Mold in a bagpipe: Briton dies of severe lung disease

Mold in a bagpipe: Briton dies of severe lung disease

We are searching data for your request:

Forums and discussions:
Manuals and reference books:
Data from registers:
Wait the end of the search in all databases.
Upon completion, a link will appear to access the found materials.

61-year-old Brit dies of mold in his bagpipes
Researchers have reported in a specialist magazine about a very unusual death: A bagpiper died of a lung condition because he had not cleaned his instrument for years. The mold that had formed in it became the doom for the 61-year-old.

Diseases caused by molds multiplied
It has long been known that molds pose significant health risks. The respiratory tract of infants, toddlers, seniors and people with a weak immune system are particularly susceptible to exposure to fungal spores in the air they breathe. According to the DIY Academy in Cologne, illnesses due to mold have increased about tenfold in the last 20 years. Allergy sufferers in particular are affected.

Increased risk of asthma
Health experts cite, among other things, irritation of the mucous membrane or headache as possible consequences. However, fungal infections in humans also threaten serious health problems. For example, US scientists from the University of Cincinnati pointed out the risk of asthma from mold fungi years ago.

Bagpiper died of lung disease
British researchers have now reported in a specialist magazine about a death that is attributable to mold contamination. A 61-year-old bagpiper died of a lung condition because he had not cleaned his instrument for years and therefore mold had accumulated in it, the spores of which he inhaled while playing.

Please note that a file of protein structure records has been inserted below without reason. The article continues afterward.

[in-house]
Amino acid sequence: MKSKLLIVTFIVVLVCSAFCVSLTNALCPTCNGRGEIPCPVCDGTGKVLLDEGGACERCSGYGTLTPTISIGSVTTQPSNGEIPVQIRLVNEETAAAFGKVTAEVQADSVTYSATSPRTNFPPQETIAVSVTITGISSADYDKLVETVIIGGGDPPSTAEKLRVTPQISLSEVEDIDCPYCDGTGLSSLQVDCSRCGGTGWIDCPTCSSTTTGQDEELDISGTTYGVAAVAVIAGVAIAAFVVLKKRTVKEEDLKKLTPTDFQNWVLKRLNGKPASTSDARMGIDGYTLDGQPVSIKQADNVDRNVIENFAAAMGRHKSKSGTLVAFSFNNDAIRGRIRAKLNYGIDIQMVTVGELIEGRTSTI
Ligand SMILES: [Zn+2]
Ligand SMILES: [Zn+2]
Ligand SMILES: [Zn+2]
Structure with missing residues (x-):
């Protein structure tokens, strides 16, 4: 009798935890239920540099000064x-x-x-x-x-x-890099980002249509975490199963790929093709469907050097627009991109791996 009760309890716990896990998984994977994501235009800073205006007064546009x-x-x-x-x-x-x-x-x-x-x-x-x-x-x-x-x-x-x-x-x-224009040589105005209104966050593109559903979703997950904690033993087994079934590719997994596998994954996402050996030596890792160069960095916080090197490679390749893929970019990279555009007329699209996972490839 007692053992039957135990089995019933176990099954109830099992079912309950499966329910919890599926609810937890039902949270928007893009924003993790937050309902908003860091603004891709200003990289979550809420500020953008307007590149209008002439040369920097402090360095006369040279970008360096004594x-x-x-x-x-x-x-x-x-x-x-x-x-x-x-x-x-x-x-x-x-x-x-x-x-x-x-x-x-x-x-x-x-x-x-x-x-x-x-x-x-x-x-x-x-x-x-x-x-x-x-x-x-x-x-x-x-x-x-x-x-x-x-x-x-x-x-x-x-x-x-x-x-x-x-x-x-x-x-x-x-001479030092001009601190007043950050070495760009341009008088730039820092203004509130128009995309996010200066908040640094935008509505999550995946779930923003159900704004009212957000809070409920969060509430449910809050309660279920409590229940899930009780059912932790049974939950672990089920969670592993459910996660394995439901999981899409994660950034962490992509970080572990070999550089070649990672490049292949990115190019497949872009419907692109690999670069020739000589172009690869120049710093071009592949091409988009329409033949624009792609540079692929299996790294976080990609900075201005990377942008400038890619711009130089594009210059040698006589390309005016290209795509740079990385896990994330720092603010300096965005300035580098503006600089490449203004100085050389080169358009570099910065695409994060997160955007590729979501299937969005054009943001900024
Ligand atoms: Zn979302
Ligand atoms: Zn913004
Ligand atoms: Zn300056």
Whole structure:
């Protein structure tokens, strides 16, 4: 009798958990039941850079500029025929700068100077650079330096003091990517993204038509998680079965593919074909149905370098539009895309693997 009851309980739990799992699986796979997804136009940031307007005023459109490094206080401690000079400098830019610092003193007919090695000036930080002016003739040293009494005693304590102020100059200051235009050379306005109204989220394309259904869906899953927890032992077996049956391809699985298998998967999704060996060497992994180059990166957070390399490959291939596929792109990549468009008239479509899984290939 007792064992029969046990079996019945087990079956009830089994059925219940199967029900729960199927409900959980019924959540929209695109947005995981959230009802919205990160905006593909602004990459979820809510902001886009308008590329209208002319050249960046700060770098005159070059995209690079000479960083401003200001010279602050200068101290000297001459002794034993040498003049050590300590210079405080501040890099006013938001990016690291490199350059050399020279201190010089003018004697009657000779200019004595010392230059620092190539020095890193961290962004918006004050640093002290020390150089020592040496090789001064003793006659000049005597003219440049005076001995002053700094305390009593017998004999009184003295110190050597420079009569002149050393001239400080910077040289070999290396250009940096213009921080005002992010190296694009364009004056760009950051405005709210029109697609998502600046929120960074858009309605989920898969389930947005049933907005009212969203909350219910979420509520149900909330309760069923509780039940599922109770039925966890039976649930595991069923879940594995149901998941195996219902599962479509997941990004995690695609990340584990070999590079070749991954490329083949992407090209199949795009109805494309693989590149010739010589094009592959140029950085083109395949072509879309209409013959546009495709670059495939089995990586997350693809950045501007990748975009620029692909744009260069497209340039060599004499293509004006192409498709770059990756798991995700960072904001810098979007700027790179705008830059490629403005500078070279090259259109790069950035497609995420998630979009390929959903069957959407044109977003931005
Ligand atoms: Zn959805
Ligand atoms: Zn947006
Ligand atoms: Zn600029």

Mold found in the instrument
As the scientists report in Thorax magazine, the chronic cough and shortness of breath that bothered the British musician were due to mold in his bagpipes.

In the search for the cause of the symptoms, the doctors had been able to rule out diseases such as cancer or a connective tissue disorder. The doctors came up with the idea of ​​examining the musician's instrument only after he returned from a three-month trip to Australia.

Doctors speak of a “bagpipe lung”
The man did not have his bagpipes with him during his stay in Australia. On his return, he told the doctors that he felt much better during the trip. Later, several types of mushrooms were discovered in analyzes at different places in the bagpipe. The man underwent treatment, but it was too late: he died in October 2014 of inflammation of the lungs.

According to the information, the autopsy of the body finally revealed large cracks in the lungs. According to the study, it was discovered for the first time that such complaints were due to the inhalation of mushrooms from a bagpipe. There was therefore talk of a "bagpipe lung" ("bagpipe lung"). The report also contains a clear warning to musicians. "Wind instrument players need to be aware of the importance of regularly cleaning their instruments."

Fight mold with alcohol
Andrew Bova of the National Bagpipe Center in Glasgow, Scotland told BBC that he cleans his instrument with a cotton ball after each use. "So there is no moisture at all," said the specialist.

In his opinion, the blowpipe should be cleaned with hot water every six months. Percentage might be better. According to German experts, alcohol can kill mold spores. Ethyl alcohol, a 70 to 80 percent alcohol from the pharmacy, can be used for this. (ad)

Author and source information

Video: Whats Worse: Vaping or Smoking? (August 2022).